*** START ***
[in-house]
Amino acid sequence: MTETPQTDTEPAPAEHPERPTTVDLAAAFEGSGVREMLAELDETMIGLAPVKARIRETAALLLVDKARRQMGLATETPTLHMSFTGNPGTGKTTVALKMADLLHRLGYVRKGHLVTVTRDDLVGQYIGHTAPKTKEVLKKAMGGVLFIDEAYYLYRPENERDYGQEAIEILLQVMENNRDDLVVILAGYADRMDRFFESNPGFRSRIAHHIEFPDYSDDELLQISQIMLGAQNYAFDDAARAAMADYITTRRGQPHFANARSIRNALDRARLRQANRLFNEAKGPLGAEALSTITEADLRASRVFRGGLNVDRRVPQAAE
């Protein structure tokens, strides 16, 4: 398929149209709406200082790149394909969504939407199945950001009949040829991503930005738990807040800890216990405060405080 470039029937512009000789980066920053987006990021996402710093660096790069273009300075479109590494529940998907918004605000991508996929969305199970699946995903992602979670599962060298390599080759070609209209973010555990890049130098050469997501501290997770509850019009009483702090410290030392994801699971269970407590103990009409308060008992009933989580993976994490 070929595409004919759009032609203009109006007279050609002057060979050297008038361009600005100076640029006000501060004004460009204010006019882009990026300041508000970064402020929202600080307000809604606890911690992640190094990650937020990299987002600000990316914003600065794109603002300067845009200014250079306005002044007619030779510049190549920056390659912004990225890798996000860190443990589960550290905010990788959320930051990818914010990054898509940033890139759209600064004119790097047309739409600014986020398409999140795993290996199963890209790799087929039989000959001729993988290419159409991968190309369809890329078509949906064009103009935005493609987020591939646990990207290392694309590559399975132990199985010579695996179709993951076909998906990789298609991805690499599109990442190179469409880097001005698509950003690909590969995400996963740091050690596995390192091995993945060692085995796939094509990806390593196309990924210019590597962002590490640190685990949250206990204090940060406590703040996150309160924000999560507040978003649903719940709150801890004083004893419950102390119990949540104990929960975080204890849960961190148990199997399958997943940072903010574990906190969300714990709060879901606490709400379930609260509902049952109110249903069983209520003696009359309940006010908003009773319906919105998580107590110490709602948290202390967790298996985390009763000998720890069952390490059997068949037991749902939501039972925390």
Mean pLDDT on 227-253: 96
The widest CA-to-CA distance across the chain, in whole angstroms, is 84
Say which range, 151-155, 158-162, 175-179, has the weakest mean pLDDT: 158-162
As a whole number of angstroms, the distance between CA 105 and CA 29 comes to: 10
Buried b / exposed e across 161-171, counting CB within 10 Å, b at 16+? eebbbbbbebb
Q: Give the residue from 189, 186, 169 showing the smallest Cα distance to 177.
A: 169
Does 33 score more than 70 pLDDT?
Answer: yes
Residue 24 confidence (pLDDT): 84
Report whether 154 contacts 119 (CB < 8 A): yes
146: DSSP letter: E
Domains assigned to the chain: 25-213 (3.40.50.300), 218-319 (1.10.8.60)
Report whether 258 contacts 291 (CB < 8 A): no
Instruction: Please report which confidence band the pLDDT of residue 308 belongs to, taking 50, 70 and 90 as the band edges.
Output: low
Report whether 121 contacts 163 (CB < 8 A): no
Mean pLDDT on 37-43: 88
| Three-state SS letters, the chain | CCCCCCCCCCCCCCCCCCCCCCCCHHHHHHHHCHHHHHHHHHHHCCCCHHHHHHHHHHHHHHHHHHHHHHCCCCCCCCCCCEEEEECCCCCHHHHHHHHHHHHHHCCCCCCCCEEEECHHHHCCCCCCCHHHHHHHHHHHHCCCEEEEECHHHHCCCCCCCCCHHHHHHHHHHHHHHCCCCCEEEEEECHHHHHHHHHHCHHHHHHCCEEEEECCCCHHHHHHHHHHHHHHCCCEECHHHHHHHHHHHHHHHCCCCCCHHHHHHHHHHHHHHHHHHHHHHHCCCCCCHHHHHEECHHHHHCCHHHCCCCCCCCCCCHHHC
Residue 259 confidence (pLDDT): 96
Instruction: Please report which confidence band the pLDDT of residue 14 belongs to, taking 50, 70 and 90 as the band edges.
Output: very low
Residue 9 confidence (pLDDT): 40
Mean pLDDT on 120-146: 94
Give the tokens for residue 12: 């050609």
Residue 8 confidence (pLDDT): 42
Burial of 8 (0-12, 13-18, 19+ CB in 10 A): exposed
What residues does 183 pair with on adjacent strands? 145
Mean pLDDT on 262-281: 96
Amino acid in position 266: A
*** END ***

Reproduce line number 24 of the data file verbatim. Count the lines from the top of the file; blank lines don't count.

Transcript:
Instruction: Please report which confidence band the pLDDT of residue 14 belongs to, taking 50, 70 and 90 as the band edges.